Best way to determine fire rating

Originally Posted By: jonofrey
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I’m searching for the best way to determine the fire rating of existing party walls in townhomes?

It seems to me that it is difficult to determine without destructive testing unless there is some kind of historical construction documentation.


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Originally Posted By: chorne
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Hi John,

I will measure the door jamb thickness, if there is a door opening,
or take the cover plate off of an outlet and sometimes
you can tell that way if the rock isnt completely tight around the


Originally Posted By: gbeaumont
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hi John,

I tend to agree with Carla's comment, but another area that is some what of a giveaway is the attic space, where normally the party walls are some what unfinished.



Gerry Beaumont
NACHI Education Committee
e-mail :
NACHI phone 484-429-5466

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"Education is a journey, not a destination"

Originally Posted By: mpetner
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Walls located on a property line between buildings usually don?t have openings. These walls (party walls) are considered firewalls (as opposed to fire partitions, fire barriers, or some other fire rated assembly) and are continuous from the foundation to about 30? above the roof line. Given that, you may not find any penetrations. Floor framing is allowed to penetrate into party walls but there are provisions that need to be taken in that situation. If you do find a penetration through what you think is a party wall, then it may not be a true party wall after all. It may be some other fire rated assembly. In fact, the building may not be considered an R-3 use, which the IRC really only deals with.

If, by chance, you do know how the wall was made, you can check the ?Fire Resistance - Volume 1 - With Hourly Ratings for Beams, Floors, Roofs, Columns, Walls and Partitions? publication. It?s a publication from Underwriters Laboratories, Inc. This pub gives ratings for numerous fire rated assemblies - more assemblies than you can shake a stick at!

Originally Posted By: Ryan Jackson
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Michael: the term R-3 does not esist in the IRC. There is no use, there is no occupancy classification in the IRC. R-3 is an IBC term refering to a dwelling built under the provisions of the IBC. An IRC structure is not an R-3, it is an IRC structure. Sorry about the thread jack.

As far as the fire resistance goes, look at the drywall and see if you can see "hairs" where it has been cut (at maybe an outlet box), if you see the little things that look like hairs, you have type X wallboard, which must be taken into consideration when determing the fire resistance rating.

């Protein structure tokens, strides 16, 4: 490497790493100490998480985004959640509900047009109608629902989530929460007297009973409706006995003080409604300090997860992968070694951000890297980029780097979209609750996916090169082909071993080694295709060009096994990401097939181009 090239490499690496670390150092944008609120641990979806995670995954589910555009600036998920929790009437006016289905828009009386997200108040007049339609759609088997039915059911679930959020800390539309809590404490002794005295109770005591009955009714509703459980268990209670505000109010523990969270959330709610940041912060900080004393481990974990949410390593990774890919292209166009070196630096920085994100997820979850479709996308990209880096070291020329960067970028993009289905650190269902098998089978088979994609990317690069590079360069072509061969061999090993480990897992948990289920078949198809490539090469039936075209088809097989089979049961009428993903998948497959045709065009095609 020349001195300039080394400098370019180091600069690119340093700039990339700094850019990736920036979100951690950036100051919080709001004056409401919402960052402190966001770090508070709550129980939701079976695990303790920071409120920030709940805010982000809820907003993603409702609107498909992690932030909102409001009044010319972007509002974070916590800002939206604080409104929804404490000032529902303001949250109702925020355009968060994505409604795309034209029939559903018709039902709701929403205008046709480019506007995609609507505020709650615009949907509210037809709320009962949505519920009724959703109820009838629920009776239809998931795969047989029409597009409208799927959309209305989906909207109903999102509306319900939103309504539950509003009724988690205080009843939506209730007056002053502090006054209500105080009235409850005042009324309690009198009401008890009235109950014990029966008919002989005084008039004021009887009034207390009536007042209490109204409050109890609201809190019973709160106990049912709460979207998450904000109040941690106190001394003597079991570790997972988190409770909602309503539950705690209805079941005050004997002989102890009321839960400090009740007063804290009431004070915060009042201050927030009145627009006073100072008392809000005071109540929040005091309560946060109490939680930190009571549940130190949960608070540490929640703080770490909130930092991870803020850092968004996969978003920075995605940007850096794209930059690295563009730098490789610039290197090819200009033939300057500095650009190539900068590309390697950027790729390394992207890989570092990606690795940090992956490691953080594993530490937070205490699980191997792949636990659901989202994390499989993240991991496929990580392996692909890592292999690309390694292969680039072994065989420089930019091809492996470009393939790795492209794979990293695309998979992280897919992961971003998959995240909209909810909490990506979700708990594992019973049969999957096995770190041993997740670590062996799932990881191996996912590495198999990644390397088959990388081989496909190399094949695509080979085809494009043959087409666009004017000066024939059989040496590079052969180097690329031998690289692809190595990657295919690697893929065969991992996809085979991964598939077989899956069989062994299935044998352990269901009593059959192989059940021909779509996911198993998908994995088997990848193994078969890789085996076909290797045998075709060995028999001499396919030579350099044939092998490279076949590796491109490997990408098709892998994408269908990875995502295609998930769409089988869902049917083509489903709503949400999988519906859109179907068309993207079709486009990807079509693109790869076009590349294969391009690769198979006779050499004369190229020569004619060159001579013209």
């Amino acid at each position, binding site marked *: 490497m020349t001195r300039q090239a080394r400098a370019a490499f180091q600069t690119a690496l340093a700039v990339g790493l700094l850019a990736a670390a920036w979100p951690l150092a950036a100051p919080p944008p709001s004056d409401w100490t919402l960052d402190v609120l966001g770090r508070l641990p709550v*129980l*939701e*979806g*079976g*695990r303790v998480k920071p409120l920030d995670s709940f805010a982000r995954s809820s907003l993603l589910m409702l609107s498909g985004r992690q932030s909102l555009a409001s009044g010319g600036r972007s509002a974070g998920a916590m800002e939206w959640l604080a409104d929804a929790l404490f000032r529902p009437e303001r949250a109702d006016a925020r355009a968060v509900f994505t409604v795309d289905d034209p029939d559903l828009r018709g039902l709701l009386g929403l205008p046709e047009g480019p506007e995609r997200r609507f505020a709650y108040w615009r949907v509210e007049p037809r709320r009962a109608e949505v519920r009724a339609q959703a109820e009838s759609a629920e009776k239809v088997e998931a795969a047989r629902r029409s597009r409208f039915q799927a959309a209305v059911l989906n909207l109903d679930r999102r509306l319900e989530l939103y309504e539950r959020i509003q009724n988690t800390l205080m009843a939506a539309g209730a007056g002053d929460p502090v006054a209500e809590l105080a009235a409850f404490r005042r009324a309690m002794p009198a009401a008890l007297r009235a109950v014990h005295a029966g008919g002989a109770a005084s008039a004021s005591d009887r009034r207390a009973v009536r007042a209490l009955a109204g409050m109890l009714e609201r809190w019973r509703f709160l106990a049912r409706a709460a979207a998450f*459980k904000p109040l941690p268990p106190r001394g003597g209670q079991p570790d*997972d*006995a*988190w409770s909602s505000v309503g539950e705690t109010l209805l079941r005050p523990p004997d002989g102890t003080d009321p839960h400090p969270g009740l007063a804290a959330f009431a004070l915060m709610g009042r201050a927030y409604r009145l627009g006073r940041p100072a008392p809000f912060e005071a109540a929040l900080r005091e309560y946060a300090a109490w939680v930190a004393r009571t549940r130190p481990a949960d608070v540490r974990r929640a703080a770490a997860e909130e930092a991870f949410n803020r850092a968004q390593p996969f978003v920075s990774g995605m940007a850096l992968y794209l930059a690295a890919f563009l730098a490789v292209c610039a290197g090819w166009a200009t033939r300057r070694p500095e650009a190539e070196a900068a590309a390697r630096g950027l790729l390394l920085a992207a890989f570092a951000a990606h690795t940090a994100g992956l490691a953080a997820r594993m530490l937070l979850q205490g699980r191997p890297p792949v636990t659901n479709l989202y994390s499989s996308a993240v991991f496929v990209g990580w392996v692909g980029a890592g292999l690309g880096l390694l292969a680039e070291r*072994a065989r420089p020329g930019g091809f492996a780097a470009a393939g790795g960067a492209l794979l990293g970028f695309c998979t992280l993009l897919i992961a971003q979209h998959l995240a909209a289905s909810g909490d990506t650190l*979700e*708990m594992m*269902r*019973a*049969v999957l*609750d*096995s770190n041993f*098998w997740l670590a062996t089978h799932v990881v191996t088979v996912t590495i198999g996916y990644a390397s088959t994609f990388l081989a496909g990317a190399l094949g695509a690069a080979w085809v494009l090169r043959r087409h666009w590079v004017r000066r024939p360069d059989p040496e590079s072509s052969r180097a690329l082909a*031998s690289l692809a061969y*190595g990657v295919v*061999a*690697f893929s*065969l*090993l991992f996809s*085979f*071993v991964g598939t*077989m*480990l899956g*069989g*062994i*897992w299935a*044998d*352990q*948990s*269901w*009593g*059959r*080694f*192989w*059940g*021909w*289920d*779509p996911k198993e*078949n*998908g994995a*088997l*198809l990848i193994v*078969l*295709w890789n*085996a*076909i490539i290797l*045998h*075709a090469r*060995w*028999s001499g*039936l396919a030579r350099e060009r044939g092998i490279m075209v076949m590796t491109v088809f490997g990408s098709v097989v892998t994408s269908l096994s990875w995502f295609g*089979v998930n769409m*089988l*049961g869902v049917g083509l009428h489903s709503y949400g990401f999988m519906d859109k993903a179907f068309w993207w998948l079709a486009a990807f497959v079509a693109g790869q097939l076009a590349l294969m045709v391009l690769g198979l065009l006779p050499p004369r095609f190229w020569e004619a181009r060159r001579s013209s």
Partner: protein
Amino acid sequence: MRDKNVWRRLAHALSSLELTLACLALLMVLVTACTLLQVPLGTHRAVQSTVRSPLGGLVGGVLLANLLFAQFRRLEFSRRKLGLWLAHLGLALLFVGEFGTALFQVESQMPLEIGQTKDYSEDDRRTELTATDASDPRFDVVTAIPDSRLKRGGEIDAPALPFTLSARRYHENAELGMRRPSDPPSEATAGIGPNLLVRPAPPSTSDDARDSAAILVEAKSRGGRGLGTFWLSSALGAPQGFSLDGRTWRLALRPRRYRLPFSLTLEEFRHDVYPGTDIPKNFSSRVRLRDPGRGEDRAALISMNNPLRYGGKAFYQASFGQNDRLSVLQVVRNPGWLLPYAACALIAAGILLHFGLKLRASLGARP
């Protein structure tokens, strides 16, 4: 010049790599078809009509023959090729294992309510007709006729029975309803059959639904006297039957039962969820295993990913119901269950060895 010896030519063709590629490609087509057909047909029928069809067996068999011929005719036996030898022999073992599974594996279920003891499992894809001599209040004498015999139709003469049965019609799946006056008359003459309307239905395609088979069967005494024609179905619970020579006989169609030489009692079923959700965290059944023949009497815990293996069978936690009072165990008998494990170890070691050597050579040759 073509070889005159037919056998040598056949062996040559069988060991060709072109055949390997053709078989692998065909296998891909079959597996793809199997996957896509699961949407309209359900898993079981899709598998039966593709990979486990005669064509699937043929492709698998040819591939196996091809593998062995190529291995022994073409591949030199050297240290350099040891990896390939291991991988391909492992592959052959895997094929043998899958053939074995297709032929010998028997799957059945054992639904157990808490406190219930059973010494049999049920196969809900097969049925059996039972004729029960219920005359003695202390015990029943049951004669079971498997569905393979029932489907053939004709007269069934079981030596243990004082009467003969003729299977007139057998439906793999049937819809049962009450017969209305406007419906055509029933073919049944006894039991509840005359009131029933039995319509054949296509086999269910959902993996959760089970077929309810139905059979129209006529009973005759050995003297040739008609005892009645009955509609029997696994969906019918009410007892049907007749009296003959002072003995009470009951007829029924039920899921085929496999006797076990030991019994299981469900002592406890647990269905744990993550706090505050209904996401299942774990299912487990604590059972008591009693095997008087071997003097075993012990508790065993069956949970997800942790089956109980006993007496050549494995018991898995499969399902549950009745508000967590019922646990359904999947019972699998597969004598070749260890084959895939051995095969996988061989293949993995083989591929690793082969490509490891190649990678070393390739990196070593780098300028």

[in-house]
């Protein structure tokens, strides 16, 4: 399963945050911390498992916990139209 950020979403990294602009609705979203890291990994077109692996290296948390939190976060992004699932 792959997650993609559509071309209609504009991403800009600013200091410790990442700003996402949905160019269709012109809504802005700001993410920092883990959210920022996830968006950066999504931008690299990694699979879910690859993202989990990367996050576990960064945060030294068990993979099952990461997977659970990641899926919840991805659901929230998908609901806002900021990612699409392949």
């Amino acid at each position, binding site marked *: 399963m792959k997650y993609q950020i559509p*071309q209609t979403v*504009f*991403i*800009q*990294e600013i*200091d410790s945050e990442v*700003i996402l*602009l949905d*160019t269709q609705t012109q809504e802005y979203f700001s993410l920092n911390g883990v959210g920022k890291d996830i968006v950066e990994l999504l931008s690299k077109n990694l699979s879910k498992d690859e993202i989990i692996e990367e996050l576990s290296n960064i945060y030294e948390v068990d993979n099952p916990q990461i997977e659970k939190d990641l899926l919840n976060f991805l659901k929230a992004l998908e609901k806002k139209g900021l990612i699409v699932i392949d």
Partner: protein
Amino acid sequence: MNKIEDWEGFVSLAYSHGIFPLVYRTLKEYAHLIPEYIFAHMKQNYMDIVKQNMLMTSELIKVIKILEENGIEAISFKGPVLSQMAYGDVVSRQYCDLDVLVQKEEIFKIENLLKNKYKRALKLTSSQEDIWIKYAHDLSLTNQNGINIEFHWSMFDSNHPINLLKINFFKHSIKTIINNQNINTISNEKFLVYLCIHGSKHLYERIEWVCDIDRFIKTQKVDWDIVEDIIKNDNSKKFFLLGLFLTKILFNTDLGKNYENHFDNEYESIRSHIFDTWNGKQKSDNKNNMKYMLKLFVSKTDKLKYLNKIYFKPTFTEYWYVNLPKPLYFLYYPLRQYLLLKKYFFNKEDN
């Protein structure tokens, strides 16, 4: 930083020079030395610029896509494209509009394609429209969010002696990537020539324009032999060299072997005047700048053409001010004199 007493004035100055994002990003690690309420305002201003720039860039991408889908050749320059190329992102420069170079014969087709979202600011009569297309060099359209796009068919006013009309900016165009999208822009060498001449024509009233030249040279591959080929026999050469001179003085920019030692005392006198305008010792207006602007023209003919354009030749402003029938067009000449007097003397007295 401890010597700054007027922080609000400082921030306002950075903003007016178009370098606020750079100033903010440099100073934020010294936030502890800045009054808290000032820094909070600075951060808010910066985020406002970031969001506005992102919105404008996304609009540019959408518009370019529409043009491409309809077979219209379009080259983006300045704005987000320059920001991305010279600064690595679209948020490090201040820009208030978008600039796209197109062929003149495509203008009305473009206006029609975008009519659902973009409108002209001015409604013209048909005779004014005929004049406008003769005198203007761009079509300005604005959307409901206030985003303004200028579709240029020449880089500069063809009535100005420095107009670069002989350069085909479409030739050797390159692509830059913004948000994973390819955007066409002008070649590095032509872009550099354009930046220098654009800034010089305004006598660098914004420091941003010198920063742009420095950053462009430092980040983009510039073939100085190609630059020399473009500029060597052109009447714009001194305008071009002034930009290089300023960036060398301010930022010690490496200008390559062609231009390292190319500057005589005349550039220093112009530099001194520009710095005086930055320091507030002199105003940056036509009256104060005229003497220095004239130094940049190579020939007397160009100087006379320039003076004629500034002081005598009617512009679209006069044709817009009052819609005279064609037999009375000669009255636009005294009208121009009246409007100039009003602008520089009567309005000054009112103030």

Ryan Jackson, Salt Lake City

Originally Posted By: Blaine Wiley
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How do you see a firewall between townhouses by opening an outlet box? The only place I’ve ever seen them was in the attic or in an unfinished basement. In VA the firewall (partition wall or party wall) was usually (as I recall) 2" drywall at each unit (4" total) or a cement block wall. Most builders went the drywall method because not only was it cheaper and less labor intensive, but also provided better soundproofing between units.

On the insides of the firewall on each unit was a 2x4 frame wall. If anything less was used (some cheap builders used 1x2 or 2x3) it was easy to spot because they did not use recessed receptacle and switch boxes mounted on the party wall so as not to breach the firewall.

We used to write up breaches in the firewalls of attics frequently, such as torn drywall, missing seam tape, etc.

I haven't seen a townhouse for two years, so If my memory is incorrect, just forgive me, I'm heading for the beach. ![icon_biggrin.gif](upload://iKNGSw3qcRIEmXySa8gItY6Gczg.gif)

Originally Posted By: mpetner
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From a plan review standpoint, the first step is to determine the use and occupancy of the structure (R-1, 2, 3, S-1, M, F-1 etc). If it?s a one or two family dwelling unit not more than 3 stories above grade plane, it should be reviewed using the IRC. If its, for example, a single family 3 story home with a very large mezzanine, it should be reviewed under the IBC. Most single family dwellings are considered R-3?s in the IBC. The IBC then tells you to review the dwelling unit using the IRC. That?s why I said the IRC mostly deals with R-3?s. I know there is no use and occupancy mentioned in the IRC.